What? It’s a government office, not a position of seniority or leadership within the medical profession.

Bullshit, nobody prevented him from talking. If he thought it was important to speak out, he could have done so. They weren’t holding a gun to his head, they were holding a job opportunity to his head. The guy had a successful career going before being appointed SG. He’s not some register jockey who needs to take his boss’ shit to keep food on his table, he could have told the administration to fuck themselves and go right back to his old career.

Instead, he kept the job for 4 years, toed the party line, cashed his checks, played the good little Surgeon General, doing everything he was told. He rides in now a year after the fact complaining about how terribly awful it was?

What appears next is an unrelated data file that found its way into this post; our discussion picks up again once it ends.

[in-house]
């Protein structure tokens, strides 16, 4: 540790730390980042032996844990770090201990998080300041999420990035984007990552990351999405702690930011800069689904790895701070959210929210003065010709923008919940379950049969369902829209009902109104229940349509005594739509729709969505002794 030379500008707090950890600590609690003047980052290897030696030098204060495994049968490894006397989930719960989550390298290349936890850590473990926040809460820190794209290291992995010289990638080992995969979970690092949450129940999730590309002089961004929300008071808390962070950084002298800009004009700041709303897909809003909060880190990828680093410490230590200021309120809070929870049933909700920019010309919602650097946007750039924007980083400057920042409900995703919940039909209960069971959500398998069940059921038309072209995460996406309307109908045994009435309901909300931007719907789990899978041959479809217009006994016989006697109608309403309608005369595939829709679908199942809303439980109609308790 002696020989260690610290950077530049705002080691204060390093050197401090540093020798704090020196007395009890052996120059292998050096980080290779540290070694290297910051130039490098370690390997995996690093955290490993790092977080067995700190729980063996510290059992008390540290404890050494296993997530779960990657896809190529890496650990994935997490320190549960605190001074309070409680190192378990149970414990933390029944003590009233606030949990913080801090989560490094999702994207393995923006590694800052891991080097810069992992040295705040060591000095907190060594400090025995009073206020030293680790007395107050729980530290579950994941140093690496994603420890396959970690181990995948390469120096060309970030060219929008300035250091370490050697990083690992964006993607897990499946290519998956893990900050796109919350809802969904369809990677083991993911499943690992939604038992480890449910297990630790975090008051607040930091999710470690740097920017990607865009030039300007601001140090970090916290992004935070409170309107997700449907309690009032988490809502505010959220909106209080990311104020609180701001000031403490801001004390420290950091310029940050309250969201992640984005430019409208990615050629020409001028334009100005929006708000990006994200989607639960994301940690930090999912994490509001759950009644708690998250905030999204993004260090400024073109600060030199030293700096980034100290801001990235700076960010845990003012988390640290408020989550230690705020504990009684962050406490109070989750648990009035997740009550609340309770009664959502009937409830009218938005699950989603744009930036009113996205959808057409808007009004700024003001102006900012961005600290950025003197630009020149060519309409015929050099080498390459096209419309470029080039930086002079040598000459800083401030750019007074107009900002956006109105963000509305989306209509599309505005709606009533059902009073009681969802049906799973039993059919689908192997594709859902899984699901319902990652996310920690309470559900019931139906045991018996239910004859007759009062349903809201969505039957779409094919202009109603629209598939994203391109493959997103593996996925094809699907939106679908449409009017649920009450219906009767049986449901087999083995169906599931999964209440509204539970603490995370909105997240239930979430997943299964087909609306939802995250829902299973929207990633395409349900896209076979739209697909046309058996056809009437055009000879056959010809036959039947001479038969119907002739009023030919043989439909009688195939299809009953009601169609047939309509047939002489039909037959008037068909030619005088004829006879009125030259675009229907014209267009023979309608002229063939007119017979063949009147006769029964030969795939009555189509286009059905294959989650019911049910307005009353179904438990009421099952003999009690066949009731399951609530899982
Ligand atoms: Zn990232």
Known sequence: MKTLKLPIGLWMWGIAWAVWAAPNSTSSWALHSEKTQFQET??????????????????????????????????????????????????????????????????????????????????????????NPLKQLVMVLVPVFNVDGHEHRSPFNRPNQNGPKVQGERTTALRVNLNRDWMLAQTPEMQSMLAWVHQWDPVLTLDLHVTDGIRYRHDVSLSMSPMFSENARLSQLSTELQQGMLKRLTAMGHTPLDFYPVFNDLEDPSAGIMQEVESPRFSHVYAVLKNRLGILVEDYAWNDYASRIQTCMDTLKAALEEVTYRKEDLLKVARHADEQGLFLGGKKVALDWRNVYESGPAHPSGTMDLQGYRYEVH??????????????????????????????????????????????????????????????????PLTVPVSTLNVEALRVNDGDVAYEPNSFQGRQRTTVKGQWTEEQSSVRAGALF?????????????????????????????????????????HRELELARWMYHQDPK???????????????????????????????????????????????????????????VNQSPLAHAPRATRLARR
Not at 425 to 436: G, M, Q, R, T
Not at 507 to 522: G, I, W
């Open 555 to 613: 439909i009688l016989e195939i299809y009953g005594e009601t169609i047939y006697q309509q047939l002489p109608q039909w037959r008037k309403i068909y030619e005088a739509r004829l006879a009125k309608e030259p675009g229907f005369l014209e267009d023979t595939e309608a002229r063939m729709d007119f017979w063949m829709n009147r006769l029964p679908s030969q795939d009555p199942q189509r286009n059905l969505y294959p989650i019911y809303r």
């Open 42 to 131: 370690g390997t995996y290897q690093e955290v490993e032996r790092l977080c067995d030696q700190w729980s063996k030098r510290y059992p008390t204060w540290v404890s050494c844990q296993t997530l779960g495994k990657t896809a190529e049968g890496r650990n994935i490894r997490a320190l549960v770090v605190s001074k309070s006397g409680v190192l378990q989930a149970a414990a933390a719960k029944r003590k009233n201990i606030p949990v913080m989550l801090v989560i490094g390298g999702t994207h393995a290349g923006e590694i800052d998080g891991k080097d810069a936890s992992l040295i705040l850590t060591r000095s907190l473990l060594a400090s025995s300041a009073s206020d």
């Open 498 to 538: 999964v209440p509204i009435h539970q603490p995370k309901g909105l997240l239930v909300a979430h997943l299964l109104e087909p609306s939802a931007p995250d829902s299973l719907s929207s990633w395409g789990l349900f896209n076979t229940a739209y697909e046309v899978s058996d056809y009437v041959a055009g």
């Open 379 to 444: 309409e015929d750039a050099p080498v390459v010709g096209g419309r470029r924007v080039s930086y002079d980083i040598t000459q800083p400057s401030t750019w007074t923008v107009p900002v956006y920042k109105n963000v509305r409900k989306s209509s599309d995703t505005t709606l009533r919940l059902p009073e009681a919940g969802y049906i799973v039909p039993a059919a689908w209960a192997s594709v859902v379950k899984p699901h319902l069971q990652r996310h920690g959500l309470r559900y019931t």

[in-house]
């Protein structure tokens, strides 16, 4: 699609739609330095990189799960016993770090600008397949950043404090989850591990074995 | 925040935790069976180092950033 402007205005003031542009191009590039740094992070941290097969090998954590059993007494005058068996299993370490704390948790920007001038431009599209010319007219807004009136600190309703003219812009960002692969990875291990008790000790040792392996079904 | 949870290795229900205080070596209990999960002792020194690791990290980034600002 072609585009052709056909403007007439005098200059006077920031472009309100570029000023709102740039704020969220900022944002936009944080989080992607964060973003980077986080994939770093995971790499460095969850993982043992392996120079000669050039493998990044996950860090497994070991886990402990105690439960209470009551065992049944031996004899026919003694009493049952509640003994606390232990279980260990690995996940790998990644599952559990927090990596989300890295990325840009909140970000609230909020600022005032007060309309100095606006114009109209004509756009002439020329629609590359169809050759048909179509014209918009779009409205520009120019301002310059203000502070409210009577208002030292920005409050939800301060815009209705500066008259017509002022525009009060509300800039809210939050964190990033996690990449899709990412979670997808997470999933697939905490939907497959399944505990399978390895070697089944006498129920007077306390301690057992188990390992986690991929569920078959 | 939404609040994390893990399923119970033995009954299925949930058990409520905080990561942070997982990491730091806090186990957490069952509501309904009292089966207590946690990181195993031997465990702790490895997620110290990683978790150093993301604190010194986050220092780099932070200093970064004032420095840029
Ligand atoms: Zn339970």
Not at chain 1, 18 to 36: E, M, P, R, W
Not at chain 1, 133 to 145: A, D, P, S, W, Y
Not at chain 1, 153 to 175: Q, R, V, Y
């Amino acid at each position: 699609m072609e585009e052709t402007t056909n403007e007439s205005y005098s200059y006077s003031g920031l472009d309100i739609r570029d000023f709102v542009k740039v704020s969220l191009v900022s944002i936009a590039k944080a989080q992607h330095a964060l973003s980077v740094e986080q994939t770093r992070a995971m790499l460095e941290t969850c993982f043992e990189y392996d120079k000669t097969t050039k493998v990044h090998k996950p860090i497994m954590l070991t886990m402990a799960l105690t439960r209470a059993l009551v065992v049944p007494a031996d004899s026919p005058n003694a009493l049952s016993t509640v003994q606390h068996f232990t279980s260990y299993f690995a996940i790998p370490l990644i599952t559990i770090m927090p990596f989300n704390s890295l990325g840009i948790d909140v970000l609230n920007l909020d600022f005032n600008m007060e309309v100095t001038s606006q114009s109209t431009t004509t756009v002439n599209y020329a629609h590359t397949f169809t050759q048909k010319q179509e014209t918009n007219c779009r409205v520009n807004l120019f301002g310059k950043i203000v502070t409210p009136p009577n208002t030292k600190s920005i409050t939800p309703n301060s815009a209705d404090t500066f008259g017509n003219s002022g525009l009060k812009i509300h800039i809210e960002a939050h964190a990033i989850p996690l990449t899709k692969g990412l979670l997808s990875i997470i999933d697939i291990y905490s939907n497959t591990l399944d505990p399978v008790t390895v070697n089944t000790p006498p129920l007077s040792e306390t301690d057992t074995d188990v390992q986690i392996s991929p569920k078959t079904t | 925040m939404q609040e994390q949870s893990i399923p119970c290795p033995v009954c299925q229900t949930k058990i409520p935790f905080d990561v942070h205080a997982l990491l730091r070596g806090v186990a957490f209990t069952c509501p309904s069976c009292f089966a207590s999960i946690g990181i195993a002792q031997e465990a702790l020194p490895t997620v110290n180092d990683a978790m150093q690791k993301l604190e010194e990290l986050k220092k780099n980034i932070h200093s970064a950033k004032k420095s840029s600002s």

Carmona and every other Bush employee who kept their mouths shut during the first term can go jump off a fucking bridge. I don’t want to hear about Bush’s abuses now, I wanted to hear about them when we could have done something about it, like not reelect him. Thanks for nothing.

But what if he got fired for speaking out? It’s not like he had any job skills he could’ve fallen back on.

(someone nudges dropzone, reminding him we’re talking about not just any political toadie but a board-certified physician.)

Never mind.

That’s my point. If it wasn’t a government position, politics wouldn’t influence what’s said. They should do away with the position altogether and if people feel they need a single voice to guide Americans in good health ideas and discoveries, let the experts appoint someone who won’t be in anyone’s pocket. I think politics and medicine shouldn’t overlap. Not in this country, anyway.